- Have qualified education expenses, including tuition, books, and equipment from an eligible institution. See this page for a list of the U.S. Department of Education’s Database of Accredited Post Secondary Institutions and Programs (DAPIP).
- Be taking higher education course(s) to get a degree, credential, or improve job skills.
- Be enrolled for at least one academic period beginning in the tax year.
- Modified adjusted gross income (MAGI) is between $59,000 and $69,000 (or $118,000 and $138,000 for joint returns).
If your family meets these requirements, and are qualified to apply for the LLC, complete Form 8863 and attach it to your Form 1040 or Form 1040A to apply.
For more information, visit the IRS webpage for the Lifetime Learning Credit or reach out to us today.
Tax-Saving Deductions For College-Bound Kids
As college tuition and related education fees increase, more and more students and their families must take on student loans. According to recent census data, around 13.5% of Americans have some form of student loan debt. And while this debt is a financial burden, there are some ways to save money during tax season.
The two most common tax deductions your family can leverage to save money on tuition and related college expenses this tax season are the Student Loan Interest Deduction and the 529 Plan Contributions.
Student Loan Interest Deduction
Your family or the student in your life can take advantage of up to a $2,500 tax deduction. Including required and voluntary pre-paid interest payments, the deduction can either be up to $2,500 or the amount of interest you paid during the tax year, whichever is less.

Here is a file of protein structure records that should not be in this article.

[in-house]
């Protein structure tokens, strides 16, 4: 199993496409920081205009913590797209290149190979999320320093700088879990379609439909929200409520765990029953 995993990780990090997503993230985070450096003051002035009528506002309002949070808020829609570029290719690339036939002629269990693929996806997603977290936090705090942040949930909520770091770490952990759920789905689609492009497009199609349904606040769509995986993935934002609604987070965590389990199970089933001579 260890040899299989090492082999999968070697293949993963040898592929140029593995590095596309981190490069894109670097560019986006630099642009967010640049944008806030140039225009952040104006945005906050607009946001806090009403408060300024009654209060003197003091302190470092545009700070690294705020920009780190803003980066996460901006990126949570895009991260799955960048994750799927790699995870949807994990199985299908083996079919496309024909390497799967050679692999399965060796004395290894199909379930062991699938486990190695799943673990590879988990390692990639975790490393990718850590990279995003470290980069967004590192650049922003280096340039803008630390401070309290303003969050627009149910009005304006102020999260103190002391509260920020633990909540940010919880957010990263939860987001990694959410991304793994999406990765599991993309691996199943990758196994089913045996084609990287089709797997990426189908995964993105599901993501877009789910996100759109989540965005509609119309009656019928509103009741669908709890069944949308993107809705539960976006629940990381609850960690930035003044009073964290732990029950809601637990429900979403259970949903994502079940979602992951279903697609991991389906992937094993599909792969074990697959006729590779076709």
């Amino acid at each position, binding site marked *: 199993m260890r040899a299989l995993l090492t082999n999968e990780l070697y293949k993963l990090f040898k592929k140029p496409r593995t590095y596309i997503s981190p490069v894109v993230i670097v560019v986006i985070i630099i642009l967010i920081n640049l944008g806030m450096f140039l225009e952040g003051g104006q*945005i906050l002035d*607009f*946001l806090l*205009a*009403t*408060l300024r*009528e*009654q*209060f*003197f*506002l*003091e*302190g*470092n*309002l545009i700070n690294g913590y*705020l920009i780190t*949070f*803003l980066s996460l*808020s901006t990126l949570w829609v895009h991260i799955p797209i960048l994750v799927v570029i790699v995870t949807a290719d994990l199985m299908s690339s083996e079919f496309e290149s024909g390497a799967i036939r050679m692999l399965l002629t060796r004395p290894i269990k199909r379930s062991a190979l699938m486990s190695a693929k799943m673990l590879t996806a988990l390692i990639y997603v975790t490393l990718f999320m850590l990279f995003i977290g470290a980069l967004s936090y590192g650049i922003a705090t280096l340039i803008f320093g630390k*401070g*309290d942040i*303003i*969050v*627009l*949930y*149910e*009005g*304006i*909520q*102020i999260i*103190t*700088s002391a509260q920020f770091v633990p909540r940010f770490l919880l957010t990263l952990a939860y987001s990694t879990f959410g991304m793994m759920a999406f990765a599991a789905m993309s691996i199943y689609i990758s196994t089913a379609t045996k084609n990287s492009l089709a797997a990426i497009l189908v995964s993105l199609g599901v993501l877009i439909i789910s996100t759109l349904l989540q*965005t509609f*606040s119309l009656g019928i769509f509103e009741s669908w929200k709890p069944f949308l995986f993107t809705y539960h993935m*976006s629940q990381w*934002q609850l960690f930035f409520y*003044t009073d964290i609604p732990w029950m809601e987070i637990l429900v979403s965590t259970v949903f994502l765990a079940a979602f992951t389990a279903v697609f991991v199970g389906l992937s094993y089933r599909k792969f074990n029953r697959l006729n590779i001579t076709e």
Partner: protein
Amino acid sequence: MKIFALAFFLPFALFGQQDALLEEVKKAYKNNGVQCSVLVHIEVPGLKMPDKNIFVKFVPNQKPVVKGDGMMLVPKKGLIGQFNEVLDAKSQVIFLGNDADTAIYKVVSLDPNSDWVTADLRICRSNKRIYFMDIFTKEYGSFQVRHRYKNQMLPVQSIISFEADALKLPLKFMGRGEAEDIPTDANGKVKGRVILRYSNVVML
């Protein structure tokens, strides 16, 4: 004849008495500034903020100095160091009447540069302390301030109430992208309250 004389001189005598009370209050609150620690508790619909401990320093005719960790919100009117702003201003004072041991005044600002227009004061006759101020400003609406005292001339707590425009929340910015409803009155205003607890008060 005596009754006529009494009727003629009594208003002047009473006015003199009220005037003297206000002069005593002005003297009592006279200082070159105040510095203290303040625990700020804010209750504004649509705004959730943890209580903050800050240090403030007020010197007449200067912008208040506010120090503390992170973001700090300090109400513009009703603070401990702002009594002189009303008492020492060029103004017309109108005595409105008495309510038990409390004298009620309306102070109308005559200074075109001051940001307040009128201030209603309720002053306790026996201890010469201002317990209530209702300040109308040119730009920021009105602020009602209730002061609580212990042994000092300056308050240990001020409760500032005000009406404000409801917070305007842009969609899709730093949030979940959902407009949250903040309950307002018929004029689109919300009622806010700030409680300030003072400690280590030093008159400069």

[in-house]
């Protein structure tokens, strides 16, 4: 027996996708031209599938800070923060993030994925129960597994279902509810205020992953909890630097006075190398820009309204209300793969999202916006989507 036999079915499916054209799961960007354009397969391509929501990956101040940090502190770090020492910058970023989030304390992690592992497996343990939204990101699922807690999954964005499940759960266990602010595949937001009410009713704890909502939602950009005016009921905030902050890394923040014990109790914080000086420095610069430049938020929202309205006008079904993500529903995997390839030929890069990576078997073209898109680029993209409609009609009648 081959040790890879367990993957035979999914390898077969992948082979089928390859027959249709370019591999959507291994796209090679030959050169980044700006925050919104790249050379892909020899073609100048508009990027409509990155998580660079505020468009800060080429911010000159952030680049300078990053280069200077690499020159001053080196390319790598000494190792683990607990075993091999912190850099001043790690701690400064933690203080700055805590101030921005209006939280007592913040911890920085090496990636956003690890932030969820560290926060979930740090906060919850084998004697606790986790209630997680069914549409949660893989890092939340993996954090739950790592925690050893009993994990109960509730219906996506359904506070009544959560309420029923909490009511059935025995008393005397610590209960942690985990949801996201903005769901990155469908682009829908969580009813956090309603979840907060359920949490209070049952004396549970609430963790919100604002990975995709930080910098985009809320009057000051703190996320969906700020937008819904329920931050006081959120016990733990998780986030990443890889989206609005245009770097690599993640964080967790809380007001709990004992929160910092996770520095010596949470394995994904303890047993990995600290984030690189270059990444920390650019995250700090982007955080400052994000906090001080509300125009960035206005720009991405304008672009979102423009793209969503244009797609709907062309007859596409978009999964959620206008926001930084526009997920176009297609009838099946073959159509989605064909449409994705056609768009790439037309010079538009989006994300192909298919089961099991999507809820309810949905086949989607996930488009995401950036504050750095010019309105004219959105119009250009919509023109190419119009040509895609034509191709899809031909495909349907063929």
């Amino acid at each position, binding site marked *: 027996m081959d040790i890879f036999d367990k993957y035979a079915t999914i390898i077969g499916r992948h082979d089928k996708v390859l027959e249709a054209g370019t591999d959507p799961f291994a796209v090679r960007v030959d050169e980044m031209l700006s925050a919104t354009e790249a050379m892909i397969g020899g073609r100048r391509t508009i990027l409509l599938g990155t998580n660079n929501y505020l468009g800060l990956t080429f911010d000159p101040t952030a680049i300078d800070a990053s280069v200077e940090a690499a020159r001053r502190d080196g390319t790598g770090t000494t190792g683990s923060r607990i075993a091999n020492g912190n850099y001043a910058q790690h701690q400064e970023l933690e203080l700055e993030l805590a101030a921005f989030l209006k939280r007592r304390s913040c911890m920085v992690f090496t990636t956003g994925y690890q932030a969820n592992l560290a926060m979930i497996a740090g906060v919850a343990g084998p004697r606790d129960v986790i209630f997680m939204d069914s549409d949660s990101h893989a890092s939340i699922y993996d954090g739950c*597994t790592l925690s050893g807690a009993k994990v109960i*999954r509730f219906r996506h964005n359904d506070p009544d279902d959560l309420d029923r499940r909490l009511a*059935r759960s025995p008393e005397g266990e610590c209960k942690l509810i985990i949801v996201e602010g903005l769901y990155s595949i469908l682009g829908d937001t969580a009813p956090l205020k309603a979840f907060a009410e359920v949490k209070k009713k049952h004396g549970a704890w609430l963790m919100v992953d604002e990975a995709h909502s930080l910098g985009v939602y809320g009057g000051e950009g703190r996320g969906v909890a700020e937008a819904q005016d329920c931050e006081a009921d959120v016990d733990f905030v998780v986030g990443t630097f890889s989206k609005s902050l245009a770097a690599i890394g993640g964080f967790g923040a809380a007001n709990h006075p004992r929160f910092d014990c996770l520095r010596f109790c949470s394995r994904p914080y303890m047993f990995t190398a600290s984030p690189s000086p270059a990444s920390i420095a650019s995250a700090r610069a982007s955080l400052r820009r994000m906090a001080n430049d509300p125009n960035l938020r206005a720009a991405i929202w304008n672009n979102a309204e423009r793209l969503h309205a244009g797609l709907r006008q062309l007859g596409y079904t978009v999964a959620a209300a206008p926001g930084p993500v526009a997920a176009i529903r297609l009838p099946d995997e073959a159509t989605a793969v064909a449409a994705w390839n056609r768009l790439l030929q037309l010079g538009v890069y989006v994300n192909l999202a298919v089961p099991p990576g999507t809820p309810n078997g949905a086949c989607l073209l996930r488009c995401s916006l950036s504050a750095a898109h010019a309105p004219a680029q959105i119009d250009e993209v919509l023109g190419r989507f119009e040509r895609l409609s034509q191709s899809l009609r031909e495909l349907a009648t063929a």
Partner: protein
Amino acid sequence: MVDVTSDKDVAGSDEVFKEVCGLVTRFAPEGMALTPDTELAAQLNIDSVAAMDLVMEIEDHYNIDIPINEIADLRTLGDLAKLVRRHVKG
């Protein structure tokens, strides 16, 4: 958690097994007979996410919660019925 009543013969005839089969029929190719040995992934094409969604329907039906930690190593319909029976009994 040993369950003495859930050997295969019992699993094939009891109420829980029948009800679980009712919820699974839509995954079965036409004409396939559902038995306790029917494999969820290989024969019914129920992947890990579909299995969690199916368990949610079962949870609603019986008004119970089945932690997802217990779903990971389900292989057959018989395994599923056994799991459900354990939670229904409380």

To claim the student loan interest deduction, the following requirements must be met:
- You paid student loan interest during the tax year.
- The loan holder is legally obligated to pay interest on a qualified student loan.
- Tax filing status is married filing jointly.
- Modified adjusted gross income (MAGI) is less than the annual limit.
- If filing jointly, neither spouse can be claimed as a dependent on someone else’s return.
If your family and the student in your life meet these requirements, and are qualified to apply for the student loan interest deduction, make the deductions directly on Form 1040.
For more information, visit the IRS webpage for the Student Loan Interest Deduction or reach out to us today.
529 Plan Contributions
Operated by the state or an educational institution, 529 plans allow your family to save for college and other higher education. Any earnings in the 529 plan are exempt from federal taxes and are often exempt from state taxes when you use the funds for qualified education expenses.
Although 529 plans are not tax deductible at the federal level, many states offer deductions or special tax credits for these types of contributions. Check out this site for a list of states that offer deductions or tax credits and the corresponding deduction or credit.
Regardless of deductions or credits available in your state, investing in a 529 plan remains an advantageous way to grow education-related savings tax-free.
If you have any questions about 529 plans or how your family can leverage tax credits or deductions on your next tax filing, book a consultation call with us. We’ll walk you through all your tax-saving options and ensure you never pay more than you have to.